My son received a laptop, his first, for Christmas. It’s an ASUS running Windows 8. To date, he’s only used Apple laptops, iPad, iPhone Touch and Galaxy S3/4/5 Android phones at home.
I helped setup the laptop and the first thing I noticed was the “app” centric user interface. I noticed he seemed to be able to navigate around rather easily and wasn’t getting lost. The “app” centric focus of the operating system is compelling and I believe a win for Microsoft in terms of aligning with the younger generation.
The first issue I ran into was when my son wanted to install the YouTube client. I was able to find it in the Store, thanks to it being near the top of the “Top Free” apps. I was surprised not to see a “search” option, but perhaps I just didn’t see it. The Store said that Windows 8.1 was required to install the YouTube client.
Luckily, the Store had Windows 8.1 as a featured item to install, so I clicked the button to install it. I was then prompted with a message stating updates needed to be installed first. I began the install for those which took a little over an hour and required a restart.
Once the laptop booted up, I went back to the store to install Windows 8.1. Again, it took a while and required a restart. After the laptop booted up with Windows 8.1 freshly installed I went back to the Store. This time I noticed a search box, which I used to find the YouTube client, since the “Top Free” apps list was no longer an option.
Upon trying to install the YouTube client it stated that it required a parents permission (since my son is younger than 13). I clicked the “Fix It” button, logged into my Microsoft Live account (which I forgot I had). After logging in, I was just dropped into the account home, no directions on where to go to approve installing the YouTube client app. I went back to try installing the YouTube client and again it said, I could “Fix It” (the parent permission issue). I clicked the button and again it just took me to the Microsoft Live account home page.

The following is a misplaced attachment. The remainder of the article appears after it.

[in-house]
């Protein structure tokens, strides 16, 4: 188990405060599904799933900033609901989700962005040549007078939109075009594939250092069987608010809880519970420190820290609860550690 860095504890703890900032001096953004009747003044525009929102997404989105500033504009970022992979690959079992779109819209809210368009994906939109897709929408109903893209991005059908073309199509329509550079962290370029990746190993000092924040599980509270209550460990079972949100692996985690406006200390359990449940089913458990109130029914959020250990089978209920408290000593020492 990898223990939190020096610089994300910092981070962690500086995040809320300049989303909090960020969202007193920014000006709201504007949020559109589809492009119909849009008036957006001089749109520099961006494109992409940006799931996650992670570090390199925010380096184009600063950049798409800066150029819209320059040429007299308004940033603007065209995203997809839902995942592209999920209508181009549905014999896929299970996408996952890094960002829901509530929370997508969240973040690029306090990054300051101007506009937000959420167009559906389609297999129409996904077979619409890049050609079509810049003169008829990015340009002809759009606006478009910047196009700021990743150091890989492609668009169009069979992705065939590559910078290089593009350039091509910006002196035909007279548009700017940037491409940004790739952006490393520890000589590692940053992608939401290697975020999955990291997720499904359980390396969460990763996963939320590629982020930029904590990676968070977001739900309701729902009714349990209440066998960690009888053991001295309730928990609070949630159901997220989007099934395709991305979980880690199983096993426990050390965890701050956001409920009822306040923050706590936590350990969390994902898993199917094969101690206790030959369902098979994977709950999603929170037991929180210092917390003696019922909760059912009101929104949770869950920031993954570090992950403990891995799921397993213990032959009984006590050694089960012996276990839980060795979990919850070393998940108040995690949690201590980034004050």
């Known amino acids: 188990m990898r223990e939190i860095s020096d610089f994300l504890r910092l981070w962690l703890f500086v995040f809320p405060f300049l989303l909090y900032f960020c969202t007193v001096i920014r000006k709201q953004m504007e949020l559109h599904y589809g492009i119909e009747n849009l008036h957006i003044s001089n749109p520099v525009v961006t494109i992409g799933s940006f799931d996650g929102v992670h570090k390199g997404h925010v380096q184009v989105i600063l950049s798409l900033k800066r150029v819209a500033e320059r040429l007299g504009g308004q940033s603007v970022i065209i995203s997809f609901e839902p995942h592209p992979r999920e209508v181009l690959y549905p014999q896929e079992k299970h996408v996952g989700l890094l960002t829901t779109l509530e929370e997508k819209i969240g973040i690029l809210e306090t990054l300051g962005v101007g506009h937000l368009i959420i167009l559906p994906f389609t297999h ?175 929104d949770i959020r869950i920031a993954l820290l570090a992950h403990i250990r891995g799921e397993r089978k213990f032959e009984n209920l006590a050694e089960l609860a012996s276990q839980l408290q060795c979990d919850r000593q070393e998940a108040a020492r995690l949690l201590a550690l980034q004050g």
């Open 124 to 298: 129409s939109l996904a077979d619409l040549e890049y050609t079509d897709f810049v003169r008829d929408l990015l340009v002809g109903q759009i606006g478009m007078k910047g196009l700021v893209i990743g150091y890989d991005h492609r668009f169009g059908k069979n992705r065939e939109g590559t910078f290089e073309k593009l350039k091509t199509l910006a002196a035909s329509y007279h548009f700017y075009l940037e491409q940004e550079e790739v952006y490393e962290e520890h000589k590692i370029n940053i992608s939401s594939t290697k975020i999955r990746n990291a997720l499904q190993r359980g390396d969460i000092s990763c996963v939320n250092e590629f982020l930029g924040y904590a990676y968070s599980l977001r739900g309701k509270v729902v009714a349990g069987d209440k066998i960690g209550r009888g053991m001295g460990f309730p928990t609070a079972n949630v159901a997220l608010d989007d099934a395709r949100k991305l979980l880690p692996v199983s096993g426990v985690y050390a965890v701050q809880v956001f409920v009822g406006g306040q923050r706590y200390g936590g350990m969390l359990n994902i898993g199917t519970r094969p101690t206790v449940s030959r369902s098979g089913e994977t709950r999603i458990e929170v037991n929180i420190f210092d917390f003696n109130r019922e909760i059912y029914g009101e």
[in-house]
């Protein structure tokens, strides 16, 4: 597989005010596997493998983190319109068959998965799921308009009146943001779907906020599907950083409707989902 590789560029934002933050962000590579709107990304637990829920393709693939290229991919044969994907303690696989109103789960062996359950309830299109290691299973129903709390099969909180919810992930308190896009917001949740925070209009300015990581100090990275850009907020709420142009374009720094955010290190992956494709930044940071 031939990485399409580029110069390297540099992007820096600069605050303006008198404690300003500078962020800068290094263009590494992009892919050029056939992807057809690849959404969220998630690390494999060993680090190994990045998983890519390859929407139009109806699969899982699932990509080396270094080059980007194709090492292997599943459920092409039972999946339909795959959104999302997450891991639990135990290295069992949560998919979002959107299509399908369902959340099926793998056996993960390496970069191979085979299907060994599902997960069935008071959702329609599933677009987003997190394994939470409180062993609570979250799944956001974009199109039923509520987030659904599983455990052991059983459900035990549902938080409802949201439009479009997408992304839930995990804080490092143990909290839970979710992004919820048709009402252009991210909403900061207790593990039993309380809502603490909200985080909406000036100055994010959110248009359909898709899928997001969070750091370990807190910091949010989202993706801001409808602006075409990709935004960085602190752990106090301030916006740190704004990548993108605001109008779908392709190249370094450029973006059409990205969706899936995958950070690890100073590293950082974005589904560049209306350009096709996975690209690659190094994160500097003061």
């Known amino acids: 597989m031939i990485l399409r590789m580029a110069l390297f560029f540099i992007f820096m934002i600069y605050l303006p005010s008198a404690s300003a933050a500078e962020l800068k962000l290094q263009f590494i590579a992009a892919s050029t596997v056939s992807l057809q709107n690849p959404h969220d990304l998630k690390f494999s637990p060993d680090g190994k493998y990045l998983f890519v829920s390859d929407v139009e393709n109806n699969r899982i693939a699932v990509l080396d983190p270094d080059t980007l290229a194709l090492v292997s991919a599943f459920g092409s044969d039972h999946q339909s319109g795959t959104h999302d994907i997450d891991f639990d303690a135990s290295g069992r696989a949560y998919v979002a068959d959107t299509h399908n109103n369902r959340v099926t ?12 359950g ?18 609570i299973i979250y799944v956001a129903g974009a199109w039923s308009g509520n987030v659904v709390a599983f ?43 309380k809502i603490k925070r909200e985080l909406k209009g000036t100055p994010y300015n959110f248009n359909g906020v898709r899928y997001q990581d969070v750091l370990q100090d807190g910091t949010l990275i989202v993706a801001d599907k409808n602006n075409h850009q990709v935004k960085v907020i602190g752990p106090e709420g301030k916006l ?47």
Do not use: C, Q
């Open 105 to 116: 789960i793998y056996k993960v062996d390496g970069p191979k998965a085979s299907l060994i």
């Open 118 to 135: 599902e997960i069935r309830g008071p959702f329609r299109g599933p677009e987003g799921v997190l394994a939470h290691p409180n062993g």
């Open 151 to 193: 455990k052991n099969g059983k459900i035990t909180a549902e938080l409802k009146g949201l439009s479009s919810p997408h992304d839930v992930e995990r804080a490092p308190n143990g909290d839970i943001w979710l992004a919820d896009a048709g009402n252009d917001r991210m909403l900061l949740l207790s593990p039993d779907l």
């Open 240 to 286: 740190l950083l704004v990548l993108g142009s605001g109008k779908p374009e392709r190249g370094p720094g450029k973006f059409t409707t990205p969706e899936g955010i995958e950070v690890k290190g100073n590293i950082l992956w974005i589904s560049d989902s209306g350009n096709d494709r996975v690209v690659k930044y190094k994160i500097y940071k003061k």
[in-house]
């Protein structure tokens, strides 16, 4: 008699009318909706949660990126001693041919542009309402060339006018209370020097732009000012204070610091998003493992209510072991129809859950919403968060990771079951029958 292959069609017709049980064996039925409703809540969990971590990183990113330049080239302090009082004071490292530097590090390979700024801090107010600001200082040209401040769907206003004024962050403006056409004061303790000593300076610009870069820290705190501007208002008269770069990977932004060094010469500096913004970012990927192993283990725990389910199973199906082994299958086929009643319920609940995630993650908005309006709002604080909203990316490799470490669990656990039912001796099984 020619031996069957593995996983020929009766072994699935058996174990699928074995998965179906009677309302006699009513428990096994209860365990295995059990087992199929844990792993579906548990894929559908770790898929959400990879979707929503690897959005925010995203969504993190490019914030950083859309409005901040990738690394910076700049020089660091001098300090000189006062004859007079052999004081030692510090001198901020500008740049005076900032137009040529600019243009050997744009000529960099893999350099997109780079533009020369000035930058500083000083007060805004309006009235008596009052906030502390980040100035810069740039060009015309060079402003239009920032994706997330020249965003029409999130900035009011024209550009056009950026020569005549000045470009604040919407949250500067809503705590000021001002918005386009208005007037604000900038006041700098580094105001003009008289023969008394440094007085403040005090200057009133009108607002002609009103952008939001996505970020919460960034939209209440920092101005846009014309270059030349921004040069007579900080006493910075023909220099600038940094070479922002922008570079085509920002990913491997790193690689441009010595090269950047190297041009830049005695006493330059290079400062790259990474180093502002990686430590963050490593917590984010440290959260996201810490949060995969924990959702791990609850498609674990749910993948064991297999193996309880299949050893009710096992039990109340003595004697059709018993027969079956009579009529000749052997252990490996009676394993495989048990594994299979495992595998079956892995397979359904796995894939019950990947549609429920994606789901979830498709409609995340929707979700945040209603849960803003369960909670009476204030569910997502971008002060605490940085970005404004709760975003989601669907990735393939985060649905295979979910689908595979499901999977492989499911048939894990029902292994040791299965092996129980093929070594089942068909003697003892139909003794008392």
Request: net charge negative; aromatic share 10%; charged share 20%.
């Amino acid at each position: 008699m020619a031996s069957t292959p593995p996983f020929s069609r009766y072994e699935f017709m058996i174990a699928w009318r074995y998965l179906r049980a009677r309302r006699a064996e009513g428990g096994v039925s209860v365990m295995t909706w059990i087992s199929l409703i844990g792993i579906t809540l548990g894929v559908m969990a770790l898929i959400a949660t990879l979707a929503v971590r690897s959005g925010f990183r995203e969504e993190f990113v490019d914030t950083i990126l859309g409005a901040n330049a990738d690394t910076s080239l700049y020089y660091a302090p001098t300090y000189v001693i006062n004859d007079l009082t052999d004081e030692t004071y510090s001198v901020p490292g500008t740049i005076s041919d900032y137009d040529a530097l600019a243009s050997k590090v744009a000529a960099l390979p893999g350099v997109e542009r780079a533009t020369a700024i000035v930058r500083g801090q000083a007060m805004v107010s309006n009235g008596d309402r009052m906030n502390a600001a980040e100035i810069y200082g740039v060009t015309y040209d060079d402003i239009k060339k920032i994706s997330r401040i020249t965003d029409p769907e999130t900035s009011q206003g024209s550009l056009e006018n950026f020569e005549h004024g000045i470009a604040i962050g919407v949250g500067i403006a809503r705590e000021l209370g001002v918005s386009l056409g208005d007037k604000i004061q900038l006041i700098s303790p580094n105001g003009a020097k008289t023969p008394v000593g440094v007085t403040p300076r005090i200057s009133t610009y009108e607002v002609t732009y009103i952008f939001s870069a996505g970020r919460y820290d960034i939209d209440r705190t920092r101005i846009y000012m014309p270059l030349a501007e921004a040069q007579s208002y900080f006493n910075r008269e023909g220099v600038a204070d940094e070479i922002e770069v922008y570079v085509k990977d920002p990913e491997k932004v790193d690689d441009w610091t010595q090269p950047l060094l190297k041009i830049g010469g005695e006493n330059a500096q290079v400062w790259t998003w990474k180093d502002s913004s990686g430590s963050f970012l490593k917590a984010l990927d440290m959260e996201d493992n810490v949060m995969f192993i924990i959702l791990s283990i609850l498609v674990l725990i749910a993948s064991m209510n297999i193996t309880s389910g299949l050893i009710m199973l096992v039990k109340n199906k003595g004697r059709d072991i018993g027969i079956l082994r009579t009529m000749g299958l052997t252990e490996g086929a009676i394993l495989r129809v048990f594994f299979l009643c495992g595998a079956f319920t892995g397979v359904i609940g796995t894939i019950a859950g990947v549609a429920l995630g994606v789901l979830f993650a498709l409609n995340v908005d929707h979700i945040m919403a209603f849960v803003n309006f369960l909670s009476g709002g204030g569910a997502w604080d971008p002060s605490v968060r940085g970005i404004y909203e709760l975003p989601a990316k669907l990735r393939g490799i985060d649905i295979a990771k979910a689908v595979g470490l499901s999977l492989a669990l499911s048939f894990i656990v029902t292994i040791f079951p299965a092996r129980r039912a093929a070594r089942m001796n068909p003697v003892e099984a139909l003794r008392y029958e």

After trying several variations of the steps I’ve already described, I decided I’d change my sons account to make his birthday such that he was at least 13 years old. After I figured out how to do that, I was required to put in credit card information so Microsoft could verify I (my son in this case) was an adult. I submitted the information, and Microsoft was happy that the credit card I submitted verified someone elses age (since the card has my name, not my sons).
Finally, I was able to install the YouTube client app.
This is where Windows 8 went wrong. Certain aspects are just overly complicated and difficult to follow, especially for children. In concrast, the Amazon Fire Kids made it stupid simple to setup, add a “childs” account and let them begin playing with it (including add apps). Certainly the Windows 8 laptop and the Amazon tablet are different in many ways, but I think the comparison is reasonable to demonstrate how Windows 8 got things wrong and how something like the Amazon Fire kids tablet got it right.